Bridget Stutchbury is tracking songbirds with cutting-edge technology: tiny light-level logging geolocators.
Every July, Bridget and her team band the birds with the geolocators and these tiny devices become luggage on the birds’ expansive migratory journey, recording light levels from the sun every two minutes, twenty-four hours per day. The technology translates sunrise and sunset times into longitude and latitude so Bridget knows where the bird was when.
These devices don’t send data, they store it, so to learn anything Bridget needs to get the geolocators back. This coming May Bridget will be in Erie, PA to remove geolocators from the birds she banded ten months earlier.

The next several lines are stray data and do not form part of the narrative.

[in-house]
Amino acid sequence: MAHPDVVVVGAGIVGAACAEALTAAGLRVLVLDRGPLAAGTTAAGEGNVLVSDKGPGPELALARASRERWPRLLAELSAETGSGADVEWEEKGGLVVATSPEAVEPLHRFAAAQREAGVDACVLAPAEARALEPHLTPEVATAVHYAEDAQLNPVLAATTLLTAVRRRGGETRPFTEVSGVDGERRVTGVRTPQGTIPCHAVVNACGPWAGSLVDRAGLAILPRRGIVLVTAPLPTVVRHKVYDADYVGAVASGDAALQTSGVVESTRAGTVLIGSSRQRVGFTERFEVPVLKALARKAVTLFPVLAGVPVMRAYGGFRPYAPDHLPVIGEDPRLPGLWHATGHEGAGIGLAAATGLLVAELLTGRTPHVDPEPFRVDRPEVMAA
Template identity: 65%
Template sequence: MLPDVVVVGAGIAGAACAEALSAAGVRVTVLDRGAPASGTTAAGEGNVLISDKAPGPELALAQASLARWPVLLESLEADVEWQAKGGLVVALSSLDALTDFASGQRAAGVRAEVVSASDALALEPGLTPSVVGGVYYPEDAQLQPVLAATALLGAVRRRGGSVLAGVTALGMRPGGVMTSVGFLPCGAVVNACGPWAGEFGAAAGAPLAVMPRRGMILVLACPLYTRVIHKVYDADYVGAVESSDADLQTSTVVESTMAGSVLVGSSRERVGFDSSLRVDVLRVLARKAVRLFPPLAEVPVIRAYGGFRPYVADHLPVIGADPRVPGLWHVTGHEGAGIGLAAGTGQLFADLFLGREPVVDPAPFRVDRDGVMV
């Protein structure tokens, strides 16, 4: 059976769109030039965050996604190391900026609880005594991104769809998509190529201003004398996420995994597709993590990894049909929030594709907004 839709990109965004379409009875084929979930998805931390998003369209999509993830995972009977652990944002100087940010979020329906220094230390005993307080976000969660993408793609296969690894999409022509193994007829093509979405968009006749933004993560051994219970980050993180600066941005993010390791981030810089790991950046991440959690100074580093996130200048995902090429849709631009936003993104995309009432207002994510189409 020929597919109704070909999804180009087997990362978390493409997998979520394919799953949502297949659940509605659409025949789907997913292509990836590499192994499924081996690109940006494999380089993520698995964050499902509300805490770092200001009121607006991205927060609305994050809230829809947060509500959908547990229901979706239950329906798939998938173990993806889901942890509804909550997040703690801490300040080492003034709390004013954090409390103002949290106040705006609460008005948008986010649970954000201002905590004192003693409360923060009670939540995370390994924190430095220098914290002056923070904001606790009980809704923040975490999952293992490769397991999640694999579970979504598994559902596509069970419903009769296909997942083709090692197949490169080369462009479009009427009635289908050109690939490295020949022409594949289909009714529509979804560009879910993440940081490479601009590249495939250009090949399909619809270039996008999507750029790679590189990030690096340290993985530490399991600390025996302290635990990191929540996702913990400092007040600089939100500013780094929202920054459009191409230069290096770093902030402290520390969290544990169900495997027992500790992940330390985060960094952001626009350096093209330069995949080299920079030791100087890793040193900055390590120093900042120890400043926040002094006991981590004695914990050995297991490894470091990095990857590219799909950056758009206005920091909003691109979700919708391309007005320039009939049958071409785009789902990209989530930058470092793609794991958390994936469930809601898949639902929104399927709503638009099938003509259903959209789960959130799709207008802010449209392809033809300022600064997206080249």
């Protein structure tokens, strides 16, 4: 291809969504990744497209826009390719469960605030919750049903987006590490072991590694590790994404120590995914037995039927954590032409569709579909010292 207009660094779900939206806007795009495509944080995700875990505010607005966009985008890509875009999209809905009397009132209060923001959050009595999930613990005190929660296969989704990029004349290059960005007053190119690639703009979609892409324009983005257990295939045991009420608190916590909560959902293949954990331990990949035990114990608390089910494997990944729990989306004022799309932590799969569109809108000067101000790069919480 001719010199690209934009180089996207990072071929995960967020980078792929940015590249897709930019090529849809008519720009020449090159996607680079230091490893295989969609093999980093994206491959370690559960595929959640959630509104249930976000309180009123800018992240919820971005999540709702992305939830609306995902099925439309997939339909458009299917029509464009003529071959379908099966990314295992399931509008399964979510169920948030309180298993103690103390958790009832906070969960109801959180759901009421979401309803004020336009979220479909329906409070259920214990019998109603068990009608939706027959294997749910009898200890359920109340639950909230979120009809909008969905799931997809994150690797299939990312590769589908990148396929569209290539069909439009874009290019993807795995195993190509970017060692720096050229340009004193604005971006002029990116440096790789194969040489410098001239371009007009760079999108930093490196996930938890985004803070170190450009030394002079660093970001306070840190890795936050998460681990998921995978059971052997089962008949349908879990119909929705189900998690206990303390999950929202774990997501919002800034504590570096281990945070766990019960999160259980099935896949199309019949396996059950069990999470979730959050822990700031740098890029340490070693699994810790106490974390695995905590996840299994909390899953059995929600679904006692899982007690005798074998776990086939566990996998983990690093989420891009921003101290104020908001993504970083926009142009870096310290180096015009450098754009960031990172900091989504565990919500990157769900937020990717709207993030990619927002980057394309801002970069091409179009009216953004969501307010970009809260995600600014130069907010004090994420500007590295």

Last July the SongbirdSOS team was with Bridget when she banded the purple martins that were on their way south. She talked about the surprising results she has collected so far. “We’ve seen birds that have travelled from Pennsylvania to the Gulf Coast in only two days.” That’s 1300 kilometres.
Bridget thinks this data will shake up ornithologists’ models for songbird migration patterns. These birds are flying much faster than she ever thought they could fly. She thinks it may have to do with stiff competition over mates and nest sights.
Understanding the timing of the Purple Martin’s migration route is critical – with climate change altering the timing of the seasons, the survival of the species is at risk. “Climate change is a new threat for songbirds,” says Bridget. “Some of our studies will show that they’re going to have trouble timing their migration to match the changes from one spring to the next. It’s not very good news for some of these songbirds.”